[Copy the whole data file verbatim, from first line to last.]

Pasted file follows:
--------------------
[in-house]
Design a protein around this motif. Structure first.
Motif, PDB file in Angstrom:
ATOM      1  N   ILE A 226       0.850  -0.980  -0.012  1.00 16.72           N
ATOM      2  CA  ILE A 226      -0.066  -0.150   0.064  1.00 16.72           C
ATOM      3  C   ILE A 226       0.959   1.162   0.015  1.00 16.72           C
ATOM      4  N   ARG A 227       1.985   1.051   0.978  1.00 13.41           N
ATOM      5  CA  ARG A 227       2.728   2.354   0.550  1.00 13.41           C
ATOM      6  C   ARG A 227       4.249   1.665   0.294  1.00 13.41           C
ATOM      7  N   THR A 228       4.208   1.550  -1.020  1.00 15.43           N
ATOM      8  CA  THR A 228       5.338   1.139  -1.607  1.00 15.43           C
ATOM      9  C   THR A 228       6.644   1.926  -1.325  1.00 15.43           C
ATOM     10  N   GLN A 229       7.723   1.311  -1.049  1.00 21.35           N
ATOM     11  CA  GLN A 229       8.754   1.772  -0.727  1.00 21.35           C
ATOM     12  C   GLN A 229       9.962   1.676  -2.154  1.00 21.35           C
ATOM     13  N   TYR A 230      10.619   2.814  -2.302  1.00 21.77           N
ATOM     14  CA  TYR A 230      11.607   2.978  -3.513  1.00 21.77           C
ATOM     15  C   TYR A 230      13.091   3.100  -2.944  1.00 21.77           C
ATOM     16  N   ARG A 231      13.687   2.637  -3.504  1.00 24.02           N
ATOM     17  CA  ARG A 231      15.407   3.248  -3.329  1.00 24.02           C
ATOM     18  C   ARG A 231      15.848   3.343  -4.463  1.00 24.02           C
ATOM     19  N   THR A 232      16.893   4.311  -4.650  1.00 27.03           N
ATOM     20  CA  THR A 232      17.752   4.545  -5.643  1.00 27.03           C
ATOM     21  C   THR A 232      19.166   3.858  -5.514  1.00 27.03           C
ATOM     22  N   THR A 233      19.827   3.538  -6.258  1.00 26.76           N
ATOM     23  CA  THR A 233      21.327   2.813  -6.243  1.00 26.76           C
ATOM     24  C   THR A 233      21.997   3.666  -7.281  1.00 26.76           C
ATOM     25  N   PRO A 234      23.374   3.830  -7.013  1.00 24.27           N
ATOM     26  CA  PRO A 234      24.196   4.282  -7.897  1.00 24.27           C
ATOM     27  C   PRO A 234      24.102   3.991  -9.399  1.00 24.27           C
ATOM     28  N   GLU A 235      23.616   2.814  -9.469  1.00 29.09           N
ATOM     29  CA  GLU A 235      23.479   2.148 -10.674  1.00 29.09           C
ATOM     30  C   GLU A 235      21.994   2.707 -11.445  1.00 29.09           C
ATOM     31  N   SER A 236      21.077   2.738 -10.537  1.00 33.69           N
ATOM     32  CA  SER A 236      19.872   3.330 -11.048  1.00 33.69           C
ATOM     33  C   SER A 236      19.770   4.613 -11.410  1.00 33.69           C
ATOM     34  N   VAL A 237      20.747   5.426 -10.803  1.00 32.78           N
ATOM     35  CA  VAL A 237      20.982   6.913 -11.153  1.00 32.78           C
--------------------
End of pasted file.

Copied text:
[in-house]
Design a protein around this motif. Structure first.
Motif, PDB file in Angstrom:
ATOM      1  N   ILE A 226       0.850  -0.980  -0.012  1.00 16.72           N
ATOM      2  CA  ILE A 226      -0.066  -0.150   0.064  1.00 16.72           C
ATOM      3  C   ILE A 226       0.959   1.162   0.015  1.00 16.72           C
ATOM      4  N   ARG A 227       1.985   1.051   0.978  1.00 13.41           N
ATOM      5  CA  ARG A 227       2.728   2.354   0.550  1.00 13.41           C
ATOM      6  C   ARG A 227       4.249   1.665   0.294  1.00 13.41           C
ATOM      7  N   THR A 228       4.208   1.550  -1.020  1.00 15.43           N
ATOM      8  CA  THR A 228       5.338   1.139  -1.607  1.00 15.43           C
ATOM      9  C   THR A 228       6.644   1.926  -1.325  1.00 15.43           C
ATOM     10  N   GLN A 229       7.723   1.311  -1.049  1.00 21.35           N
ATOM     11  CA  GLN A 229       8.754   1.772  -0.727  1.00 21.35           C
ATOM     12  C   GLN A 229       9.962   1.676  -2.154  1.00 21.35           C
ATOM     13  N   TYR A 230      10.619   2.814  -2.302  1.00 21.77           N
ATOM     14  CA  TYR A 230      11.607   2.978  -3.513  1.00 21.77           C
ATOM     15  C   TYR A 230      13.091   3.100  -2.944  1.00 21.77           C
ATOM     16  N   ARG A 231      13.687   2.637  -3.504  1.00 24.02           N
ATOM     17  CA  ARG A 231      15.407   3.248  -3.329  1.00 24.02           C
ATOM     18  C   ARG A 231      15.848   3.343  -4.463  1.00 24.02           C
ATOM     19  N   THR A 232      16.893   4.311  -4.650  1.00 27.03           N
ATOM     20  CA  THR A 232      17.752   4.545  -5.643  1.00 27.03           C
ATOM     21  C   THR A 232      19.166   3.858  -5.514  1.00 27.03           C
ATOM     22  N   THR A 233      19.827   3.538  -6.258  1.00 26.76           N
ATOM     23  CA  THR A 233      21.327   2.813  -6.243  1.00 26.76           C
ATOM     24  C   THR A 233      21.997   3.666  -7.281  1.00 26.76           C
ATOM     25  N   PRO A 234      23.374   3.830  -7.013  1.00 24.27           N
ATOM     26  CA  PRO A 234      24.196   4.282  -7.897  1.00 24.27           C
ATOM     27  C   PRO A 234      24.102   3.991  -9.399  1.00 24.27           C
ATOM     28  N   GLU A 235      23.616   2.814  -9.469  1.00 29.09           N
ATOM     29  CA  GLU A 235      23.479   2.148 -10.674  1.00 29.09           C
ATOM     30  C   GLU A 235      21.994   2.707 -11.445  1.00 29.09           C
ATOM     31  N   SER A 236      21.077   2.738 -10.537  1.00 33.69           N
ATOM     32  CA  SER A 236      19.872   3.330 -11.048  1.00 33.69           C
ATOM     33  C   SER A 236      19.770   4.613 -11.410  1.00 33.69           C
ATOM     34  N   VAL A 237      20.747   5.426 -10.803  1.00 32.78           N
ATOM     35  CA  VAL A 237      20.982   6.913 -11.153  1.00 32.78           C